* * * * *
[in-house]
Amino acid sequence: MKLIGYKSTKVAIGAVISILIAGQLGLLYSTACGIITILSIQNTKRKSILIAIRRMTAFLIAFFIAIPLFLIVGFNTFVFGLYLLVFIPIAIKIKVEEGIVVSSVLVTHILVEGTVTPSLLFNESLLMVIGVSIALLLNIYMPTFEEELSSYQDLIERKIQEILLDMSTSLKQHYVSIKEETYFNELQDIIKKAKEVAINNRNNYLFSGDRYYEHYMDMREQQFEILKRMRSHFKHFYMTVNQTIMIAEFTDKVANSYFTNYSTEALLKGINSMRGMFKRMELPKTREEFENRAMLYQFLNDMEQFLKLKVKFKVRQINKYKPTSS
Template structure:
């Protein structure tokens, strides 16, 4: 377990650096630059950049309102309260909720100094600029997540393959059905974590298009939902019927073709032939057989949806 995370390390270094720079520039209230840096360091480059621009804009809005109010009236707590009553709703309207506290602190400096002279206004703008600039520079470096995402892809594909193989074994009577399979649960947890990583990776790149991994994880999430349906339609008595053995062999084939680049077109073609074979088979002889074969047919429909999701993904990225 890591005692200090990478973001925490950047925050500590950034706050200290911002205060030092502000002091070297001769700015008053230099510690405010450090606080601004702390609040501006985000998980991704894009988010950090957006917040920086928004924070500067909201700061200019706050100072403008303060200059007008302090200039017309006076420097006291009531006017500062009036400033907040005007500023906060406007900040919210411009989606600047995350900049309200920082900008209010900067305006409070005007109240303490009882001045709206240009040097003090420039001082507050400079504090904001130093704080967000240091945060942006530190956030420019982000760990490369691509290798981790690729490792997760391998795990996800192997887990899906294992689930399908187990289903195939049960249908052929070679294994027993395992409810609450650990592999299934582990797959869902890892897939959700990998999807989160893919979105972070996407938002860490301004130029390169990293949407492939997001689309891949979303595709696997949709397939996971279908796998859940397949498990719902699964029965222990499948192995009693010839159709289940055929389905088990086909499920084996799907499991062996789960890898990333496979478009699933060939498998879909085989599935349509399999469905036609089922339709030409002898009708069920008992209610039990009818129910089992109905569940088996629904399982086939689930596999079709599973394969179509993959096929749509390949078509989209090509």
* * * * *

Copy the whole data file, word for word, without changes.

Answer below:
[in-house]
Amino acid sequence: MKLIGYKSTKVAIGAVISILIAGQLGLLYSTACGIITILSIQNTKRKSILIAIRRMTAFLIAFFIAIPLFLIVGFNTFVFGLYLLVFIPIAIKIKVEEGIVVSSVLVTHILVEGTVTPSLLFNESLLMVIGVSIALLLNIYMPTFEEELSSYQDLIERKIQEILLDMSTSLKQHYVSIKEETYFNELQDIIKKAKEVAINNRNNYLFSGDRYYEHYMDMREQQFEILKRMRSHFKHFYMTVNQTIMIAEFTDKVANSYFTNYSTEALLKGINSMRGMFKRMELPKTREEFENRAMLYQFLNDMEQFLKLKVKFKVRQINKYKPTSS
Template structure:
């Protein structure tokens, strides 16, 4: 377990650096630059950049309102309260909720100094600029997540393959059905974590298009939902019927073709032939057989949806 995370390390270094720079520039209230840096360091480059621009804009809005109010009236707590009553709703309207506290602190400096002279206004703008600039520079470096995402892809594909193989074994009577399979649960947890990583990776790149991994994880999430349906339609008595053995062999084939680049077109073609074979088979002889074969047919429909999701993904990225 890591005692200090990478973001925490950047925050500590950034706050200290911002205060030092502000002091070297001769700015008053230099510690405010450090606080601004702390609040501006985000998980991704894009988010950090957006917040920086928004924070500067909201700061200019706050100072403008303060200059007008302090200039017309006076420097006291009531006017500062009036400033907040005007500023906060406007900040919210411009989606600047995350900049309200920082900008209010900067305006409070005007109240303490009882001045709206240009040097003090420039001082507050400079504090904001130093704080967000240091945060942006530190956030420019982000760990490369691509290798981790690729490792997760391998795990996800192997887990899906294992689930399908187990289903195939049960249908052929070679294994027993395992409810609450650990592999299934582990797959869902890892897939959700990998999807989160893919979105972070996407938002860490301004130029390169990293949407492939997001689309891949979303595709696997949709397939996971279908796998859940397949498990719902699964029965222990499948192995009693010839159709289940055929389905088990086909499920084996799907499991062996789960890898990333496979478009699933060939498998879909085989599935349509399999469905036609089922339709030409002898009708069920008992209610039990009818129910089992109905569940088996629904399982086939689930596999079709599973394969179509993959096929749509390949078509989209090509």